The Bill appears to be providing the Valuation Tribunal with a swathe of new responsibilities without making sufficient legal provision for such new functions. The Valuation Tribunal is an independent body set up to deal with appeals to it against decisions of the Commissioner of Valuation on the rateable valuation of commercial properties. The Bill does not adequately deal with the matter of providing the tribunal with such new authority or provide any specific detail on how or on what basis an appeal can be made.

The Government has serious concerns about the Bill's proposed interference with the court process of debt recovery. Sections 18 to 23 appear to intend to repeal existing local authority recovery powers and replace them with an explicit power to recover debt in the District Court. It also restricts the matters that the court can consider when determining a case and on what issues it can make judgment. The matter of court authority and the civil process for the recovery of debt is a complex area and detailed consultation with the relevant statutory authorities would be required before any such change to the process could be considered. Restricting the power of the court in this manner could be seen as an attempt to interfere with its operation and should be approached with great caution, given the tripartite separation of powers.

The Bill proposes that an amendment be made to the Valuation Act 2001 to extend the exemption from rates provided to occupiers of premises that are considered to be community halls, sports clubs or other local amenities. The effect of the amendment would be to provide that only the element or portion of the building that was licensed for the sale of alcohol would be rateable. Following a Government decision on the matter, the Minister for Public Expenditure and Reform has introduced an amendment to the Valuation Act 2001 in the Valuation (Amendment) (No. 2) Bill 2012, which will include an exemption for buildings or parts of buildings that are used for community sport but are not used in the sale or consumption of alcohol or in the generation of income apart from club membership fees.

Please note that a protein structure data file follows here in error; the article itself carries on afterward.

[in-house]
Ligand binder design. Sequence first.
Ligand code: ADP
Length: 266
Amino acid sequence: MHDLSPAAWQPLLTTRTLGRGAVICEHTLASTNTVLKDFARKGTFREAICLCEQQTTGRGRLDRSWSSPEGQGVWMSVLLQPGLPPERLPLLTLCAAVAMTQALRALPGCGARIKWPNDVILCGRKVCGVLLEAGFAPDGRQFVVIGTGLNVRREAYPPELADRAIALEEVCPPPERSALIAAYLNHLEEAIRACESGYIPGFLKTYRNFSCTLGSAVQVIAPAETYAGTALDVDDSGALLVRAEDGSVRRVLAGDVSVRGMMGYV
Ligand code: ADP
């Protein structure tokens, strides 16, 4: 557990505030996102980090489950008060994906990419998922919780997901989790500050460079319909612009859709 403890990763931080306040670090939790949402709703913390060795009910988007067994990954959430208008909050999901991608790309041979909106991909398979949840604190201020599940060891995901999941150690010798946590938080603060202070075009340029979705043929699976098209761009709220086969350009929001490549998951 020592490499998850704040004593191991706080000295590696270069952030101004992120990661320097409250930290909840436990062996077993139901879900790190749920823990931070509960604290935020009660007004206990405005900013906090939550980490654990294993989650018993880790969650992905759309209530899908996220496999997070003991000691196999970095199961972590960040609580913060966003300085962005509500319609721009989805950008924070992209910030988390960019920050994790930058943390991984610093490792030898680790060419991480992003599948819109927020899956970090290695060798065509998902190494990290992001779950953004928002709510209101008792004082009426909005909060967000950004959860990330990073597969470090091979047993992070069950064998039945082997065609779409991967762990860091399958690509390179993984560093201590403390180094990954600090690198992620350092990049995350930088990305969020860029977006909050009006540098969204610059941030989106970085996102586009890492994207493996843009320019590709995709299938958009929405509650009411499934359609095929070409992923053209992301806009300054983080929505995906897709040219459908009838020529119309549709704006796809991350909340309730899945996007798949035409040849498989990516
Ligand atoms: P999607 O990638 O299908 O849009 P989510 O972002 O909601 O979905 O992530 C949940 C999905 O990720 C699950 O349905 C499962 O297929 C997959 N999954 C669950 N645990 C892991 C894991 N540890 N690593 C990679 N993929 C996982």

The Government is committed to keeping the overall approach to commercial rates under review, having regard to the objective of minimising business costs, enhancing competitiveness and other Government actions to support small to medium-sized enterprises, SMEs, as well as the retail sector specifically. This commitment is reflected in the various actions for which the Minister for the Environment, Community and Local Government is responsible under the Action Plan for Jobs.

Local authorities have successfully reduced or maintained annual rates on valuation in recent years, directly reducing costs for businesses. While the analysis of the impact of rates on business costs is limited, what analysis is available concludes that commercial rates represent a small portion of overall business overheads compared with energy, rents, payroll and other inputs. The figures vary from sector to sector, but research from Forfás, IBEC and local authorities indicates that commercial rates, on average, account for less than 5% of business costs. Similarly, local authority data from 2012 indicate that a third of businesses pay less than €1,000 per year, with 80% of ratepayers paying less than €5,000 per annum.

It is accepted that the current rates burden, while not excessive overall, may require redistribution in some cases and relies on outdated values. The revaluation process being undertaken by the Valuation Office is rebalancing the rates liability to ensure that the rates burden is more equitable and in line with relative changes in valuations across different classes of property. The Government holds the view that the focus should be on expediting the revaluation programme and ensuring that all properties that should be paying commercial rates are being appropriately valued and, therefore, charged rates by local authorities. Where up-to-date values are not available, distortions are occurring that place some commercial enterprises at a competitive advantage compared with similar enterprises. These gaps in valuations have a potential impact on commercial rates costs for other ratepayers within a local authority area.

Yesterday, my colleague, the Minister of State, Deputy Harris, was in the Seanad dealing with the Valuation (Amendment) (No. 2) Bill on behalf of the Minister for Public Expenditure and Reform. That Bill contains a series of measures to expedite the national revaluation programme. I trust that Deputies will be supportive of it when the time comes for it to be debated in this Chamber.

I commend Deputy McGuinness on his Bill. I have not been in the Dáil for long, but whoever wrote the Minister of State's speech never created a job. Nor could anyone read and believe what the speech contained.

I am talking about people who take chances and entrepreneurs who try to create employment, many of whom have had to go into banks on a Friday evening because they were struggling to pay wages. They have received letters from these banks with red writing at the bottom of them. They are trying to create a country of small and medium-sized enterprises. We have come into the Dáil Chamber today because a Deputy is trying to propose something constructive, but his Bill has been turned down and faults have been found in it. I would like to know why, as politicians, we cannot try to work together here.